I jammed back down to Boulder Wednesday morning for a run with the group. Warmed up around the Res for about 45 minutes then joined Art and Scott for tempo. We spun low 7s until Scott dropped the hammer and the group split up a bit. I continued to roll low 7s for 6 miles total then cooled down for about 15 minutes. Terrific run.

Today I headed out again, this time in a pretty serious blizzard. Felt good to get out there in crappy conditions and I spun easy sub 10s for about 40 minutes around the ‘hood. Felt great. Depending upon how much snow we get, I may have to head up to the slopes tomorrow morning for a few turns. Will play that one by ear and keep you posted.

~stubert.

Mistakes were made…

But there is suffering in life, and there are defeats. No one can avoid them. But it’s better to lose some of the battles in the struggles for your dreams than to be defeated without ever knowing what you’re fighting for. ~ Paulo Coelho

Fri 12 Feb: 00:29, 3.4 miles, Moab street run
Sat 13 Feb: 7:07, 32.5 miles, Moab Red Hot 50K

Jammed out to Moab Friday morning. Aside from spending what felt like a large portion of the drive on the phone, it went quickly and was fairly uneventful. Crazy roads around Copper were really the only distraction and I rolled into town with plenty of time to get checked into my hotel (La Quinta, which was perfect), go for a quick run (on which I felt awesome) and gather my race packet and some grub. For a tourist destination, Moab is seriously devoid of vegetarian fare so I ended up at La Hacienda. Nothing special here but it was food, I suppose, which was what I needed. Headed back to the hotel to get prepped for the race and relax and hit the sack around 9:30.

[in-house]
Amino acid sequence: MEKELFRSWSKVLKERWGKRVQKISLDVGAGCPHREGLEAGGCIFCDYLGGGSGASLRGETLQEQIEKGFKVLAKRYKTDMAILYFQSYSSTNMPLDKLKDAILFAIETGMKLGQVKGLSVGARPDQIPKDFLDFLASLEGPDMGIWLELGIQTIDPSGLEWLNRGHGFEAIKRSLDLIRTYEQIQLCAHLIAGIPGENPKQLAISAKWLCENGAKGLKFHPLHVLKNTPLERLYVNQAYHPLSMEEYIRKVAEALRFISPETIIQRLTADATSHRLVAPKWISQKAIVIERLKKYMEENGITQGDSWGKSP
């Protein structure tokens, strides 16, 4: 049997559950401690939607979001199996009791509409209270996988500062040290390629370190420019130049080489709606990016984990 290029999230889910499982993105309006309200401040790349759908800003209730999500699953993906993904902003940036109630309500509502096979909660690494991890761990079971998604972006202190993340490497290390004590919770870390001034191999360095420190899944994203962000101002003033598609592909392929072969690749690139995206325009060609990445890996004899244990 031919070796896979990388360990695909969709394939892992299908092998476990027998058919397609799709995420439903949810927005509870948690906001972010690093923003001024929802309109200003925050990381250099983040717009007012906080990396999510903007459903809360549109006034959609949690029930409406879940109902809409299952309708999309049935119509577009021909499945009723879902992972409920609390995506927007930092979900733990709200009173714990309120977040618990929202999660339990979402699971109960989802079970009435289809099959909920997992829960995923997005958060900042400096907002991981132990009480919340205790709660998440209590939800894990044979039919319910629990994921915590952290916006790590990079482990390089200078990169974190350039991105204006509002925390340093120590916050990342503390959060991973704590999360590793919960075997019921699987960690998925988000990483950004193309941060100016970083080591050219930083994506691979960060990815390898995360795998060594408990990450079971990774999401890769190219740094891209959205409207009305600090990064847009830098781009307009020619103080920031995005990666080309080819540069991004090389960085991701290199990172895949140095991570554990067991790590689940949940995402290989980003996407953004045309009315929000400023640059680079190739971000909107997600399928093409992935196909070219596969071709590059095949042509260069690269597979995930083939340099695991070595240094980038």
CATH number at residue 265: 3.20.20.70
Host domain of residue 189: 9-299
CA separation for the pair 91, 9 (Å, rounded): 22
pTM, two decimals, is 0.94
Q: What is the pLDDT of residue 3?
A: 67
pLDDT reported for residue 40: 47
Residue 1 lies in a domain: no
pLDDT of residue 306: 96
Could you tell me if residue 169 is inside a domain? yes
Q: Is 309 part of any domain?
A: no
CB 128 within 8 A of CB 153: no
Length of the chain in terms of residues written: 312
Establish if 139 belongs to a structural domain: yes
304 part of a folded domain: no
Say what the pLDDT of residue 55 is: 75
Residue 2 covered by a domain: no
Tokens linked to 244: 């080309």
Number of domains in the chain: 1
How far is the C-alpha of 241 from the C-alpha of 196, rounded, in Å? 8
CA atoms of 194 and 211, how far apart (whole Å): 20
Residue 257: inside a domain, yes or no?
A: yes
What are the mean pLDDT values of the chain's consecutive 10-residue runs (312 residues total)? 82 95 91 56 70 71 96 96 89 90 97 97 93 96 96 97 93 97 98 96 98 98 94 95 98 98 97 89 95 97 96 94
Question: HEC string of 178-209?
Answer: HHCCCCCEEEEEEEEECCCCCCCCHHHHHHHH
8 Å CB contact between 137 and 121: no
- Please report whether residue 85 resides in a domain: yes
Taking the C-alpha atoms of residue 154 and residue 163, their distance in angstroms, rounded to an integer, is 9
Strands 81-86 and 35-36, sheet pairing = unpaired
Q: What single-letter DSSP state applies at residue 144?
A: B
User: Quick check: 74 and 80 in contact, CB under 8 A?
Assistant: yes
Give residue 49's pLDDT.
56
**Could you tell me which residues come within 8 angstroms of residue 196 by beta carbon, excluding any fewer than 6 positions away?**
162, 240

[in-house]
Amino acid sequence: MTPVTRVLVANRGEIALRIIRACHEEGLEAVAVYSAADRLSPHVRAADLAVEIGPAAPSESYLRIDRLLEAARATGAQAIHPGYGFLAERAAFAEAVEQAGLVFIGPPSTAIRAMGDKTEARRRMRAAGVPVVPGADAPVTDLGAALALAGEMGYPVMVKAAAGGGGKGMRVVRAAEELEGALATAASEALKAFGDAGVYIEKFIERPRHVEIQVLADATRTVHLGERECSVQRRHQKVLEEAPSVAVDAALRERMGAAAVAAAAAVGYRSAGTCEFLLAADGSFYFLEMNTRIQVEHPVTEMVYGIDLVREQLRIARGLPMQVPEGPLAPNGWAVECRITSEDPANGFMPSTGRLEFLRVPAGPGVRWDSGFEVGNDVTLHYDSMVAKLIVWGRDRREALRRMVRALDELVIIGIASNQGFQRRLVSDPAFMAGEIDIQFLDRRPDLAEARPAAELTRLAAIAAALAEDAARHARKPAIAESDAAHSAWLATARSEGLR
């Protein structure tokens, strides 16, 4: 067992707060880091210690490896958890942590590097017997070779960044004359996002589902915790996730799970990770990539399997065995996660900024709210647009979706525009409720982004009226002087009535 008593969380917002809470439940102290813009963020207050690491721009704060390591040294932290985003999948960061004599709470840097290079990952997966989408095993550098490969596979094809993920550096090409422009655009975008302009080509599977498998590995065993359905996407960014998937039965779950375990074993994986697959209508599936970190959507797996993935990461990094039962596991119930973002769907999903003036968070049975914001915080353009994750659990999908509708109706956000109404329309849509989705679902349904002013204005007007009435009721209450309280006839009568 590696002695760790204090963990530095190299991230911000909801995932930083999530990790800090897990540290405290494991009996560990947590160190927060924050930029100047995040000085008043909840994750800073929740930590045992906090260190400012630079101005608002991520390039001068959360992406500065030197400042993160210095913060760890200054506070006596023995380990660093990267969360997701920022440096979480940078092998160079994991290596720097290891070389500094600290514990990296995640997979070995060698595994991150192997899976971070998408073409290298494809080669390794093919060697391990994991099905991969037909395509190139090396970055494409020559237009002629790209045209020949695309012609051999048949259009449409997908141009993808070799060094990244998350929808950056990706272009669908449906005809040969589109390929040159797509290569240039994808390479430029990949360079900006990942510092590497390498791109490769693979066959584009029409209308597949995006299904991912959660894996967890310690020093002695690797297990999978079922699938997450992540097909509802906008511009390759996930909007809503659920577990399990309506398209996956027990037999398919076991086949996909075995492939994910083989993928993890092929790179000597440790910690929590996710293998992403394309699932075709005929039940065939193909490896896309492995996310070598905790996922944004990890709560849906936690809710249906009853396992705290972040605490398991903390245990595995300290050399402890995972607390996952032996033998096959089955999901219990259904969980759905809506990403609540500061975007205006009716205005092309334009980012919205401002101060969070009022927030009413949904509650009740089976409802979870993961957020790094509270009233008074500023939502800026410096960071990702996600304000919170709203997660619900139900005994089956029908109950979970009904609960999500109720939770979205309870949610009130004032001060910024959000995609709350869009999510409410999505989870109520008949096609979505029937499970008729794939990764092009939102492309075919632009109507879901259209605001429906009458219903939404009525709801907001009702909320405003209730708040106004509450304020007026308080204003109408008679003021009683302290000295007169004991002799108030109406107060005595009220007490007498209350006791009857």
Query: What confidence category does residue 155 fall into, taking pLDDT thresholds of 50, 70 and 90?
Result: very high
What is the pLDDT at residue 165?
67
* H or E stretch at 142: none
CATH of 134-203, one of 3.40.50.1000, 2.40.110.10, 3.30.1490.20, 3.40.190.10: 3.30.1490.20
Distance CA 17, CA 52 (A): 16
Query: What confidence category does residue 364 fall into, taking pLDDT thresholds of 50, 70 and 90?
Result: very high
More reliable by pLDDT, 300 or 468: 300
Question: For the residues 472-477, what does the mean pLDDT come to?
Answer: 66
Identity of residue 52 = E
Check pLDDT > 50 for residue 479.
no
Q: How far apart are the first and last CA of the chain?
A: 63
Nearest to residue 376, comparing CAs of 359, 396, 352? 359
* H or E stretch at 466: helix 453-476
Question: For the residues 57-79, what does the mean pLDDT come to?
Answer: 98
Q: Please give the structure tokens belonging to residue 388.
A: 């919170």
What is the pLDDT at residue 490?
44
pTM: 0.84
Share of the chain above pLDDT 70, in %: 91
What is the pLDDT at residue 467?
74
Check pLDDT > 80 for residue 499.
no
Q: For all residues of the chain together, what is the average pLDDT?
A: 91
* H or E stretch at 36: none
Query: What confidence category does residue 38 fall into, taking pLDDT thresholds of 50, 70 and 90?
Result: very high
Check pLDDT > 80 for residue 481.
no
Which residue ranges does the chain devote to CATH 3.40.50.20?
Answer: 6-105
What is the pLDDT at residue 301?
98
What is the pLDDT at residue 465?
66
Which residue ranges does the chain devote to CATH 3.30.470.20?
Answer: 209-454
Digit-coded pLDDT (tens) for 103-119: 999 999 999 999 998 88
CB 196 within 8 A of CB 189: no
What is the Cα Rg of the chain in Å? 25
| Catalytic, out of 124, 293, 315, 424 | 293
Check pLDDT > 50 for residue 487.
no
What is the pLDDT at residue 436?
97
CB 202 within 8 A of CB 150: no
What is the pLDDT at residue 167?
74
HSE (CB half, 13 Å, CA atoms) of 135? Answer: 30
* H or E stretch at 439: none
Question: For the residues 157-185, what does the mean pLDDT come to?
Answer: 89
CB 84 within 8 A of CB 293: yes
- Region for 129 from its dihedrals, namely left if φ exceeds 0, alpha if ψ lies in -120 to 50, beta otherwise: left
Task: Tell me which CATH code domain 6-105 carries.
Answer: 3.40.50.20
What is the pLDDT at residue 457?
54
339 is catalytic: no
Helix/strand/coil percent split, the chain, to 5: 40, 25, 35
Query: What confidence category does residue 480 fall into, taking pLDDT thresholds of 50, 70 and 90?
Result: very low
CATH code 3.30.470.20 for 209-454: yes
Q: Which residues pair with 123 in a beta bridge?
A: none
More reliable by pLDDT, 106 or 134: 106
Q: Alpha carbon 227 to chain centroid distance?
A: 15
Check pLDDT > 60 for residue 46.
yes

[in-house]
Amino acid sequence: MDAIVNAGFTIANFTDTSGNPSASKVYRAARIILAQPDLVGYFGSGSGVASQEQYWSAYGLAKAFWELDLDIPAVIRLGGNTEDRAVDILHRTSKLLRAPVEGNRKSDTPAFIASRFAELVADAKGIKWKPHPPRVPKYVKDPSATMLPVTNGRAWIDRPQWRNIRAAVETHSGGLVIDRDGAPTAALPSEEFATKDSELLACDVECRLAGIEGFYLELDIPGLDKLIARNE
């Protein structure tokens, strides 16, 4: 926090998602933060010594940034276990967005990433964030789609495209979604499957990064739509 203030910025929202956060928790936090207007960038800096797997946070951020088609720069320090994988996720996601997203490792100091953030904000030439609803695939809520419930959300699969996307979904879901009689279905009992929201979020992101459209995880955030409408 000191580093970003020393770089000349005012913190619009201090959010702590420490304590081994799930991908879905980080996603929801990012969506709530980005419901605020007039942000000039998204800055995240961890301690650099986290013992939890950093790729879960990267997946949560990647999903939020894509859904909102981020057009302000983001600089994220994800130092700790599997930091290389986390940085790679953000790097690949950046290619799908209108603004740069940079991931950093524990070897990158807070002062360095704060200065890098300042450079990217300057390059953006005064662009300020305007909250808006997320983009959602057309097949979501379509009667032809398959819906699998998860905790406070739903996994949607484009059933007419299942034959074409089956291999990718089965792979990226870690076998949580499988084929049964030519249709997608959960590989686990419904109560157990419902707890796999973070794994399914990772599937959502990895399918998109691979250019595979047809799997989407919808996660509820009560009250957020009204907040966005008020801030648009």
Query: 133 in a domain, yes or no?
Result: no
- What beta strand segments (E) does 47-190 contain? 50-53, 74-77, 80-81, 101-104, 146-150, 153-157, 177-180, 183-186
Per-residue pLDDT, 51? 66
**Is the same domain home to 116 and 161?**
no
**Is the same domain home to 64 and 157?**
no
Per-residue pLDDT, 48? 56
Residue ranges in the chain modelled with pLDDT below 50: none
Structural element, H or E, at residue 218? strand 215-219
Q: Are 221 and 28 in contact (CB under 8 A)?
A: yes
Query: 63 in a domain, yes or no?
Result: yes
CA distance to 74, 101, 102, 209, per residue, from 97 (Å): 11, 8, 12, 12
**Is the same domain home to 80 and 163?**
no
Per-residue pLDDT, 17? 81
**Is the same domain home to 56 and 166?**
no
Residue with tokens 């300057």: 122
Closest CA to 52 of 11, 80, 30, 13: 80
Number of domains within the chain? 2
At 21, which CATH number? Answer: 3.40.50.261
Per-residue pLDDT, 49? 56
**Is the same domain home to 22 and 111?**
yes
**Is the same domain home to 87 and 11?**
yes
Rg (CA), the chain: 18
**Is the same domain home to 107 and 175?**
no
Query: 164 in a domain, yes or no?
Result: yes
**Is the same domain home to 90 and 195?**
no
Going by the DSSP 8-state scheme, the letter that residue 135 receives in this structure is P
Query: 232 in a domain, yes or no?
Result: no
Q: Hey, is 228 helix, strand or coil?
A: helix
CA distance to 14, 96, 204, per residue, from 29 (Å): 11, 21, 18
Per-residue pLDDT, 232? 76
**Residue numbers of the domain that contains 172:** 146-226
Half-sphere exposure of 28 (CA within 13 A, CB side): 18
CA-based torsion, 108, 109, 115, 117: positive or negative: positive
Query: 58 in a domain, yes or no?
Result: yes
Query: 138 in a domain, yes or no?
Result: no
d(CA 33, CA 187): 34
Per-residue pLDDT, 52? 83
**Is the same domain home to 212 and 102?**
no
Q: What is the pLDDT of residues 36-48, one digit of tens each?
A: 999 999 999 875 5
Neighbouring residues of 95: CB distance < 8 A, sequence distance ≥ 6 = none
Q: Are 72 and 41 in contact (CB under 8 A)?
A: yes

I did employ a few new techniques to try to keep myself fresh during- and post-drive that seemed to work. First, I wore compression stockings, which I got when I had knee surgery a few years ago. They seem to help and I recommend picking up a pair to help keep one’s legs feeling fresh – especially when traveling. I also stopped frequently (about every 1.5 hours) along the way to walk around and stretch. This seems like a major pain (and honestly, it is) but I do feel that it is the way to go to save your legs from getting too mucked up during longer drives. Once I arrived at the hotel, I stretched, flushed my legs by grabbing around my ankles and pulling upwards toward my thighs and resting near a wall with my legs up at about an 80° angle for a bit. Post-run, I also soaked in an ice bath for 10 minutes then followed that with a hot soak. Seemed to work.

I got up early on race day to get all my stuff together, stretch and compose myself before the event. Carpooled out to the start with a past work colleague Michele Delman. She and her husband, Reid, run a series of adventure races throughout the year. It was good to be able to catch up with Michele and have someone to hang with prior to the start.